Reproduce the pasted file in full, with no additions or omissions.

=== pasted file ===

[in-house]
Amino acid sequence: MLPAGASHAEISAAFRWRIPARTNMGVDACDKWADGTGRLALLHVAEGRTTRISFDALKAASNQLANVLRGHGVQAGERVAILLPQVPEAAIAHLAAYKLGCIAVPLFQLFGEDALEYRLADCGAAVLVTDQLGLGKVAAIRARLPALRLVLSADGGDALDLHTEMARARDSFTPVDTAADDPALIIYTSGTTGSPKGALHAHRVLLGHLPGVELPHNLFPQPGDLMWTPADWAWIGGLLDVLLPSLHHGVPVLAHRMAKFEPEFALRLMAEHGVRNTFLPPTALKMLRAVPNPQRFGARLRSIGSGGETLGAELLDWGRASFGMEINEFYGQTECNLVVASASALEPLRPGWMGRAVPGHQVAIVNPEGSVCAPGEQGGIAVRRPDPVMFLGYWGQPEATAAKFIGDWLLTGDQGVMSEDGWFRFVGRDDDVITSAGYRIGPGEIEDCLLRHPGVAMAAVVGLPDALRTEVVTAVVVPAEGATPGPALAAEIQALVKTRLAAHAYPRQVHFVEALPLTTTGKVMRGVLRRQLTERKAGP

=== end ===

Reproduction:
[in-house]
Amino acid sequence: MLPAGASHAEISAAFRWRIPARTNMGVDACDKWADGTGRLALLHVAEGRTTRISFDALKAASNQLANVLRGHGVQAGERVAILLPQVPEAAIAHLAAYKLGCIAVPLFQLFGEDALEYRLADCGAAVLVTDQLGLGKVAAIRARLPALRLVLSADGGDALDLHTEMARARDSFTPVDTAADDPALIIYTSGTTGSPKGALHAHRVLLGHLPGVELPHNLFPQPGDLMWTPADWAWIGGLLDVLLPSLHHGVPVLAHRMAKFEPEFALRLMAEHGVRNTFLPPTALKMLRAVPNPQRFGARLRSIGSGGETLGAELLDWGRASFGMEINEFYGQTECNLVVASASALEPLRPGWMGRAVPGHQVAIVNPEGSVCAPGEQGGIAVRRPDPVMFLGYWGQPEATAAKFIGDWLLTGDQGVMSEDGWFRFVGRDDDVITSAGYRIGPGEIEDCLLRHPGVAMAAVVGLPDALRTEVVTAVVVPAEGATPGPALAAEIQALVKTRLAAHAYPRQVHFVEALPLTTTGKVMRGVLRRQLTERKAGP